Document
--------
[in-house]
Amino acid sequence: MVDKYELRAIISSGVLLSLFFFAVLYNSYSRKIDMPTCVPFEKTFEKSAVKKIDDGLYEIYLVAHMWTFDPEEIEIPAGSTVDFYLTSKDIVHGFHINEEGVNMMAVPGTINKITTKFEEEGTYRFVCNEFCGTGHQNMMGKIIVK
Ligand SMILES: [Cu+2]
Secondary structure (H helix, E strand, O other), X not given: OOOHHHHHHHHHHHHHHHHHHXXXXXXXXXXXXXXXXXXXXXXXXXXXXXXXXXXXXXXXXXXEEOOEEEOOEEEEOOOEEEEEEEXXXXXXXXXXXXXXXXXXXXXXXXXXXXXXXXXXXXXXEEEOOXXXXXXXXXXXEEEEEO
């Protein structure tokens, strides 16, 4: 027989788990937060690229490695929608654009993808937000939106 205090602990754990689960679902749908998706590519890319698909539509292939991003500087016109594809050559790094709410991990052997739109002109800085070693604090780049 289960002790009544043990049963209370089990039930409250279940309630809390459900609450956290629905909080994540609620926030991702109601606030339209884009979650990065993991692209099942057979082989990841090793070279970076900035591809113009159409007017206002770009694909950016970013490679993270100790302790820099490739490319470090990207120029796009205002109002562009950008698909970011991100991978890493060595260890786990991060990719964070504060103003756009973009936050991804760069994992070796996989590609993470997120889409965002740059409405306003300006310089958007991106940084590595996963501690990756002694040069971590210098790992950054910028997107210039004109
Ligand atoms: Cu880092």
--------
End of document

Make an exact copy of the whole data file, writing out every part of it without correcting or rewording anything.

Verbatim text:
[in-house]
Amino acid sequence: MVDKYELRAIISSGVLLSLFFFAVLYNSYSRKIDMPTCVPFEKTFEKSAVKKIDDGLYEIYLVAHMWTFDPEEIEIPAGSTVDFYLTSKDIVHGFHINEEGVNMMAVPGTINKITTKFEEEGTYRFVCNEFCGTGHQNMMGKIIVK
Ligand SMILES: [Cu+2]
Secondary structure (H helix, E strand, O other), X not given: OOOHHHHHHHHHHHHHHHHHHXXXXXXXXXXXXXXXXXXXXXXXXXXXXXXXXXXXXXXXXXXEEOOEEEOOEEEEOOOEEEEEEEXXXXXXXXXXXXXXXXXXXXXXXXXXXXXXXXXXXXXXEEEOOXXXXXXXXXXXEEEEEO
């Protein structure tokens, strides 16, 4: 027989788990937060690229490695929608654009993808937000939106 205090602990754990689960679902749908998706590519890319698909539509292939991003500087016109594809050559790094709410991990052997739109002109800085070693604090780049 289960002790009544043990049963209370089990039930409250279940309630809390459900609450956290629905909080994540609620926030991702109601606030339209884009979650990065993991692209099942057979082989990841090793070279970076900035591809113009159409007017206002770009694909950016970013490679993270100790302790820099490739490319470090990207120029796009205002109002562009950008698909970011991100991978890493060595260890786990991060990719964070504060103003756009973009936050991804760069994992070796996989590609993470997120889409965002740059409405306003300006310089958007991106940084590595996963501690990756002694040069971590210098790992950054910028997107210039004109
Ligand atoms: Cu880092």